Poultry farms in Virginia's Shenandoah Valley are in the grip of an avian influenza outbreak that has led to the culling of more than four million turkeys and chickens and, as of press time in June, showed no sign of letting up.
Since the virus was first detected in a flock of ill breeder turkeys this past March in Rockingham County near the West Virginia border, infections have been reported at farms in neighboring Shenandoah, Augusta, Page, Greene, and Highland counties. An estimated 167 poultry farms are still quarantined, with 18,700 birds scheduled for depopulation on two of them.
Early in the outbreak, the U.S. Department of Agriculture, at the request of the state, dispatched a team of veterinarians, epidemiologists, and logistic staff to assist with depopulation, surveillance, and decontamination. Although a federal emergency has not been declared, members of AVMA/AVMF Veterinary Medical Assistance Team-4 have helped with these efforts.
Poultry is one of Virginia's most valuable agricultural commodities. Virginia is home to more than 1,300 poultry farms. Nationwide, it ranks fourth and eighth in turkey and broiler chicken production, respectively. The poultry industry provides billions of dollars to Virginia's economy and employs more than 12,000 people.
The estimated 950 poultry farms located in the Shenandoah Valley make it the leading poultry-producing region of the state. Rockingham County leads the nation in turkey production with 213 farms. Most of the poultry operations in the valley are family-owned farms that have contracted with such companies as Pilgrim's Pride, Perdue Farms, and Tyson Foods.
The last avian influenza epornitic in Virginia in 1983-1984 cost farmers around two million birds. The current outbreak dwarfs those figures. And with infections discovered in an average of two to three new flocks every day, state officials are too busy trying to contain the virus to even begin assessing the economic toll.
"Unfortunately, we don't have a sense yet that it's hit the peak," said Elaine Lidholm of the Virginia Department of Agriculture and Consumer Services about the outbreak in May. "Right now, everybody is so busy in the trenches that they aren't necessarily sitting down to do the calculations of what this is costing us. It's just too soon to tell."
Governor Mark R. Warner, along with Virginia's congressional delegation, has asked Agriculture Secretary Ann Veneman to initiate a federal indemnification program to aid farmers and companies that have had to destroy thousands of birds.
"That's critical to our recovery here, and we're very hopeful it will be forthcoming," said Hobey Bauhan, president of the Virginia Poultry Federation, a trade association representing the Virginia poultry industry.
Dr. William Sims, state veterinarian with the agriculture and consumer services department, canceled all public sales and poultry shows throughout Virginia indefinitely to halt the spread of the virus. Biosecurity at all the poultry farms has been stepped up considerably. Visits are prohibited unless absolutely necessary.
Numerous avian influenza viruses exist worldwide. The viruses infect chickens, turkeys, pheasants, geese, duck, and a variety of other birds. Some low-pathogenic forms are not very contagious and cause mild disease with little or no mortality. Highly pathogenic strains are highly contagious and result in death. A unique avian influenza strain in Hong Kong infected humans and birds in 1997 (see JAVMA, Feb. 1, 1998, page 331).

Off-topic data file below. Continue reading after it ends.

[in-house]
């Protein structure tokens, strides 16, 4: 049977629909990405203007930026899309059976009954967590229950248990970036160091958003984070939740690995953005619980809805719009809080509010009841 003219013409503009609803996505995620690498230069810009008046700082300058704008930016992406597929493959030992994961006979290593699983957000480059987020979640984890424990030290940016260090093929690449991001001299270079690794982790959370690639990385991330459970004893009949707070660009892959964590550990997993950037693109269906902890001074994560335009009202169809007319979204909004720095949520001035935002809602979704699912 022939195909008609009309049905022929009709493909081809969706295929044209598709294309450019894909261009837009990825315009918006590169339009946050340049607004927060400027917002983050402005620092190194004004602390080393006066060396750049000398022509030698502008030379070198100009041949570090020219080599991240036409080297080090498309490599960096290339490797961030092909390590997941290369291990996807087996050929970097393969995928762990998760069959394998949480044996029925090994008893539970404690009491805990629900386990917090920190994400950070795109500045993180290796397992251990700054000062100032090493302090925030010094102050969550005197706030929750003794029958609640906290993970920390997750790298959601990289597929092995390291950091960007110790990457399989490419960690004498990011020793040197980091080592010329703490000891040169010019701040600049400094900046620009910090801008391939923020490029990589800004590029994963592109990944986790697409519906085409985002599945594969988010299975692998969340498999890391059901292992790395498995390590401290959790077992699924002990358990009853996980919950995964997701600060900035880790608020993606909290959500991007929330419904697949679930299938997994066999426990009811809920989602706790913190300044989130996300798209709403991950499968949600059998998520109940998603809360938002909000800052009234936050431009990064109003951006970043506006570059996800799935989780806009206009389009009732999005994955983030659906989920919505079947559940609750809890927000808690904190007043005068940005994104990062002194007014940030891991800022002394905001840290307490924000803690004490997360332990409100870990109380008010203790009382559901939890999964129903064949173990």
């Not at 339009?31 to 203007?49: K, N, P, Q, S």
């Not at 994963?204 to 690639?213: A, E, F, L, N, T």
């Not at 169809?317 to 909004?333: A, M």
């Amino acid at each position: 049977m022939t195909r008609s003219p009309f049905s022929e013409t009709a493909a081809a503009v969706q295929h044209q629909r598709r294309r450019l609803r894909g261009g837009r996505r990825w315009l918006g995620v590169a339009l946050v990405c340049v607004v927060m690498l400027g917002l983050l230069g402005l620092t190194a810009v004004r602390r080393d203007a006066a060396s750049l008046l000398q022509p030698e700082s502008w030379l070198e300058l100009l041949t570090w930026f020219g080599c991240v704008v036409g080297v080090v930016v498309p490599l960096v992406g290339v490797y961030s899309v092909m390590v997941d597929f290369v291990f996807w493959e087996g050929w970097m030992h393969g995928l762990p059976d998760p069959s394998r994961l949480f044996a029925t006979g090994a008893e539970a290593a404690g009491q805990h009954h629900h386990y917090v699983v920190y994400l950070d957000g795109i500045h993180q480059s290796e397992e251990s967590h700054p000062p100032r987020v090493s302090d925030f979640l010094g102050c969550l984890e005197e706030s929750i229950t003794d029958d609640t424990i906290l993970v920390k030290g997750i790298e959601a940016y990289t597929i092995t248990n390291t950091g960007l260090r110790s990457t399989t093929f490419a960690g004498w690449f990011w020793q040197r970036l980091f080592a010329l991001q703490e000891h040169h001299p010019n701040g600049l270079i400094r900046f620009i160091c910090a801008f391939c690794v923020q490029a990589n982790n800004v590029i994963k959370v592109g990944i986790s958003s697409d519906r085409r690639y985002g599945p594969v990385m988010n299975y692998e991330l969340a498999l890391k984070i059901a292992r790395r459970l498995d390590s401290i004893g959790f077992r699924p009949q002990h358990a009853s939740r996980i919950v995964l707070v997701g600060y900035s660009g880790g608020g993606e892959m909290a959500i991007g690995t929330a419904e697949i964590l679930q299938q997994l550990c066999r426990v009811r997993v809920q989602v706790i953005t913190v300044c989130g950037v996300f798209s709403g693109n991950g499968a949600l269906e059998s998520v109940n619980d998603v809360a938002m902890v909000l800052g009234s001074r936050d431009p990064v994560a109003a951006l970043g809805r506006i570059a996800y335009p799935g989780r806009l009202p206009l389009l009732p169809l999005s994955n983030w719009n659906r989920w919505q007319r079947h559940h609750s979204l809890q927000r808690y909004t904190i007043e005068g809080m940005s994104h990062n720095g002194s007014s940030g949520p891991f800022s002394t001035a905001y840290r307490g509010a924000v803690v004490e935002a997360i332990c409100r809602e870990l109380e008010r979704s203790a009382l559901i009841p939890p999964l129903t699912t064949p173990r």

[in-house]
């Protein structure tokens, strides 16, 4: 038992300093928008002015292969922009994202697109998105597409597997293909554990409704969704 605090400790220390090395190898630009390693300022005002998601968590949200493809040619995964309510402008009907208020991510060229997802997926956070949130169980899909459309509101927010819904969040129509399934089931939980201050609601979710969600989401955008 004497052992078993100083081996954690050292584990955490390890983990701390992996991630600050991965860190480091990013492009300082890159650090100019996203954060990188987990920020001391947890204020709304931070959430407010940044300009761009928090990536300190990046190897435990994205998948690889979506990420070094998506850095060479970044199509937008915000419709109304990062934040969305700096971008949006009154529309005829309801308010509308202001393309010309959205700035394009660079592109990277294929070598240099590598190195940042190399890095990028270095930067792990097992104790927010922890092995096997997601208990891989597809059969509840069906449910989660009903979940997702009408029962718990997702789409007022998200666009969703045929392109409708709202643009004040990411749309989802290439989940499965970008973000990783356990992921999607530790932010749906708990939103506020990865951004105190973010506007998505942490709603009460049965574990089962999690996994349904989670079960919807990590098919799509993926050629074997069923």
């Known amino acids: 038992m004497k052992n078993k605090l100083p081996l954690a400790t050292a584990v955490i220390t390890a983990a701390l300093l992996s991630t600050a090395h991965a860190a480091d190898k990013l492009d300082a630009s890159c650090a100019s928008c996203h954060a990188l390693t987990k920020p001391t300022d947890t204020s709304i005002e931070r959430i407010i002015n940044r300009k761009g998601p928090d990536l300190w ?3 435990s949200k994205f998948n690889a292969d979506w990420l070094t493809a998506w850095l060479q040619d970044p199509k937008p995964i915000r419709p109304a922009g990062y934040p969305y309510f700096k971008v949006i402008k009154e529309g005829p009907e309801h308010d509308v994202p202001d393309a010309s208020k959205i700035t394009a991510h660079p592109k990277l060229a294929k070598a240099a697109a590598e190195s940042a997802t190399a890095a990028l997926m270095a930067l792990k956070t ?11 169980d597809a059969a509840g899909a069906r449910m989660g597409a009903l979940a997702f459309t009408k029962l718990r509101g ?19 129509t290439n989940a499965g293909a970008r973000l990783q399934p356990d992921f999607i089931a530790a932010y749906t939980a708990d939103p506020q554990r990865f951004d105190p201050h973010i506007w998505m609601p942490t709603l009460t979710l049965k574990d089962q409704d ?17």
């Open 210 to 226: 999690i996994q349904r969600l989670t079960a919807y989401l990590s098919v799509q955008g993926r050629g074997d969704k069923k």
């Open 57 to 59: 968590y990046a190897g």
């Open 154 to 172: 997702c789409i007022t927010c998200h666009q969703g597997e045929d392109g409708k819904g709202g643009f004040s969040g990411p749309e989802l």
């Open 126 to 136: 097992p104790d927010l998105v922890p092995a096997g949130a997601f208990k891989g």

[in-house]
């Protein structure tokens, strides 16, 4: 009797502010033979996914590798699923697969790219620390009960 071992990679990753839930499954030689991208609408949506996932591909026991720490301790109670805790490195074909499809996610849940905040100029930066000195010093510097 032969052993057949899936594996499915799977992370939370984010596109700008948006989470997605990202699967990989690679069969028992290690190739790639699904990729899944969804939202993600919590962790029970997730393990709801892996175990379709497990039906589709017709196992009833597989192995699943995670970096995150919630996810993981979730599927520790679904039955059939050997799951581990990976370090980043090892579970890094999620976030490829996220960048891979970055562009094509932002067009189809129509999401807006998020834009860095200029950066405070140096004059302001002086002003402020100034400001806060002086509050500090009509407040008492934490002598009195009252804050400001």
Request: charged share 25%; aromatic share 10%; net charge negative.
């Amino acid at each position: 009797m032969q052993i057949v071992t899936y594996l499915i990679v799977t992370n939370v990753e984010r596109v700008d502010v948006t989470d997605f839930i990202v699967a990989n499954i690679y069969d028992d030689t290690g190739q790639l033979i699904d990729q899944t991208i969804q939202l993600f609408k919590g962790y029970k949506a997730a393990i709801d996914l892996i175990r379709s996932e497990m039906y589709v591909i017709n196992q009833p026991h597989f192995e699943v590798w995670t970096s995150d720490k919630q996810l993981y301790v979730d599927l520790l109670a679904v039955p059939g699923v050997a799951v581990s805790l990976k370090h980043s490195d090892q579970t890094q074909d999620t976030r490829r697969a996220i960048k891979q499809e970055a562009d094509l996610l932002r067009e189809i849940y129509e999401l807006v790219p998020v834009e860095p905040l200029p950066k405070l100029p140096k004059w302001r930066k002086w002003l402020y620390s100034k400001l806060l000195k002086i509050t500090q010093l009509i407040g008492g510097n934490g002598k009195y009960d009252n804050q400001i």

The viruses are spread by contact between healthy and infected birds, and through indirect contact with contaminated equipment and materials. Signs of infection include depression, coughing and sneezing, watery eyes, loss of appetite, edema of the head, and decreased egg production.
The low-pathogenic H7N2 avian influenza strain has been identified at the Virginia farms and is not a threat to human health, according to Lidholm.
The number of birds at any given farm varies but can range from 8,000 to 25,000 birds, depending on the type of operation and the number of houses. Commercial turkey farms can reach as high as 40,000 birds.
The types of operations where the avian influenza virus has been detected so far are turkey breeders, commercial turkeys, broilers, broiler breeders, and layers. Turkeys are hit the hardest, with 146 turkey farms affected, compared with 10 broiler, 25 broiler breeder, and one layer operation.
State officials are not sure how the H7N2 strain was introduced to the Shenandoah Valley. Theories range from infected wild birds to ill poultry imported from New York and New Jersey, where the virus is active. There is no indication this latest epornitic started with the breeder turkeys in Rockingham County, however.
Virginia is considered progressive in its surveillance for avian influenza, according to Bauhan of the poultry federation. Flocks are routinely tested for avian influenza prior to slaughter. There is some serologic testing but the majority is done by tracheal swab. A single case of avian influenza was discovered in 1999 and an outbreak was averted.
Now, the agriculture and consumer services department has implemented a mandatory preslaughter testing policy for all breeder birds, commercial turkeys, and broilers, including required testing of any flocks with respiratory signs.
Samples are divided among the USDA's National Veterinary Services Laboratories in Ames, Iowa, and several regional veterinary diagnostic laboratories.
Farms with a flock that tests positive for the virus are quarantined and the poultry company is responsible for destroying the birds within 24 hours. Carbon monoxide is the most common means of euthanasia.
On-farm burial or composting of carcasses is allowed with a permit from the state Department of Environmental Quality. Other accepted disposal methods are incineration and burial at a sanitary landfill. Bauhan says disposal costs alone are already several million dollars.